Ensure the Safety of Your Driver Employees

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By Jayme Cook

Millions of U.S. workers operate or ride in motor vehicles as part of their daily employment duties. Sadly, accidents involving motor vehicles are the cause of an alarming number of total fatalities. Whether your employees use their own personal vehicles for work or drive a company car, the risks presented are the same. To better safeguard employees and employers, here are the best tips, tools and training to ensure safer trips for those in the construction industry.

Hire & Train Accordingly

Though the construction field does not shy from hiring those who are strong and youthful, employers should consider ages of the drivers hired. Experience trumps all in this regard. Immaturity, difficulty responding to traffic hazards, poor judgement and poor impulse control are the hallmarks of both lousy drivers and inexperienced or young employees. When deciding who to hand the keys to, opt for the older, wiser employees, if for no other reason than because they have had more years of experience on the road.

Employers should offer driver training to employees of all ages whose job description and duties include driving for work. This training should take place upon hire and refresher training should be mandatory throughout the employee's career.

Keep Vehicles in Proper Operating Condition

Like the employees who drive them, vehicles used for company transportation need to be evaluated periodically. The wear and tear on a vehicle's tires alone is enough to compromise the integrity of the vehicle and increase the risk of potential accidents. Employers who provide employees with company vehicles are encouraged to maintain good operating condition of those vehicles through routine maintenance. A rough rule of thumb is to change the vehicle's oil every 3,000 and 7,000 miles and routinely check tire tread for wear.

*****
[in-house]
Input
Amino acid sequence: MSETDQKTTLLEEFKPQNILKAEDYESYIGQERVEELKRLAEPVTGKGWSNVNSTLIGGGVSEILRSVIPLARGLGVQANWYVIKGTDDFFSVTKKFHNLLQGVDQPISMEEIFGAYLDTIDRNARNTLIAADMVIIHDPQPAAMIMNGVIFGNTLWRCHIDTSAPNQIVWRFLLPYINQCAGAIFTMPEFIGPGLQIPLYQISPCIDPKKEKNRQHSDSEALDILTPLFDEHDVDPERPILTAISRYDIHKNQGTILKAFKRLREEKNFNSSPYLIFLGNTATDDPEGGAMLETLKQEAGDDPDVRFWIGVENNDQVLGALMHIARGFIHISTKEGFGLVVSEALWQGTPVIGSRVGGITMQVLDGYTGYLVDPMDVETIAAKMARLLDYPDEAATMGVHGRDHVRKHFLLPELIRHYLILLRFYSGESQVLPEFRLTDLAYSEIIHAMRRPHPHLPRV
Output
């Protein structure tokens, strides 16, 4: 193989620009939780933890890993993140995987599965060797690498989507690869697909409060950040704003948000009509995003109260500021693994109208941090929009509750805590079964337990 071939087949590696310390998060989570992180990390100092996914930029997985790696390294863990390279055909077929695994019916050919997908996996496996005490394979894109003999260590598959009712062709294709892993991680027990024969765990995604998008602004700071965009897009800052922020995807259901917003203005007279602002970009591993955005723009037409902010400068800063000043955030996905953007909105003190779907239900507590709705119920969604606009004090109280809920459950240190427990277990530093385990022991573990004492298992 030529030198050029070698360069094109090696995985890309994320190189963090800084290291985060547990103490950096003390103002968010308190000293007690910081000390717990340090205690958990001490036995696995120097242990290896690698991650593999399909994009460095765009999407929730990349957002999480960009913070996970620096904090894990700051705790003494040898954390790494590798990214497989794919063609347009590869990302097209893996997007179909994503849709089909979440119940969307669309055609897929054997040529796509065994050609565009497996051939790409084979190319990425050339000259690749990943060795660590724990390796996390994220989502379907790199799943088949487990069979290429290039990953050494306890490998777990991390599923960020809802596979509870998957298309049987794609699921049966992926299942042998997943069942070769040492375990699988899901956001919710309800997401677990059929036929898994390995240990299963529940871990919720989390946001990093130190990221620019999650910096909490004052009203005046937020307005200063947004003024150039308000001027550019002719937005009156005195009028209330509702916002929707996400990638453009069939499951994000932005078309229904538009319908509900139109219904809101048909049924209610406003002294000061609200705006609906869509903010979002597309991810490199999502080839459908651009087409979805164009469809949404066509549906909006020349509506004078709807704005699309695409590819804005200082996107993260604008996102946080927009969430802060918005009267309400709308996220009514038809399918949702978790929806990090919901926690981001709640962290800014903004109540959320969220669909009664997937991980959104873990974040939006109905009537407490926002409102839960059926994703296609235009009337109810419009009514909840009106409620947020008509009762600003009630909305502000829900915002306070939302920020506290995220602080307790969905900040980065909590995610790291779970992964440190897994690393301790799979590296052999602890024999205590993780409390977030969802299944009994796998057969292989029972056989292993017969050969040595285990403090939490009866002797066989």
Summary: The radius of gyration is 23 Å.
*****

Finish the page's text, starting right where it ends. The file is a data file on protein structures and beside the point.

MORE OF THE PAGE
Limit Driving Hours

As an owner or employer, it is your responsibility to allocate daily driving hours The U.S. Department of Transportation's Federal Motor Carrier Safety Administration (FMCSA) limits commercial truck drivers to no more than 11 hours of consecutive driving, so for employees not accustomed to long hours on the road, you should expect them to spend far fewer hours working behind the wheel. Non-commercial drivers should not drive more than nine hours per day in total, and no more than four hours consecutively. Fatigue is the enemy on the road, with more than 100,000 estimated accidents annually attributed to drowsy or fatigued drivers, so insisting that your employees take intermittent breaks during driving shifts is imperative.

Use Resources

As a construction employer or owner, your responsibilities are not only for the safety of your contracted drivers, but also to the state in which your business operates. Be aware of the local and federal laws and safe practices for the operation of motor vehicles. A few helpful resources on cautious motor vehicle operations include:

  • American National Standards Institute: This national standard accounts minimum requirements for safely operating motor vehicles that companies and organizations of all sizes own and operate.
  • Employer Safety Traffic Program through National Safety Council, Our Driving Concern: This program is specific to Texas but other states may have similar initiatives that educate employers on how to prevent crashes and on the effects that vehicle accidents will have on their businesses.
  • The Occupational Safety and Health Administration (OSHA): OSHA publishes annual and semi-annual reports on potential vehicular risks to employees and employers within construction and other industries as well as guidelines for employers to help reduce motor vehicle crashes.
  • Driving-Tests.org: Drivers and employers alike should always remain up-to-date on rules of the road and safety tips.

As vehicle accidents constitute almost half the number of deaths of workers in the U.S., employing drivers is not to be taken lightly. To ensure the safety of your workers, and to make sure that your company is doing its part, use these best practices in the construction industry.

Jayme Cook is a writer and English professor living in Phoenix. She enjoys punctuation marks, sashimi and the smell of wet paint. Dislikes: people who cut in line.

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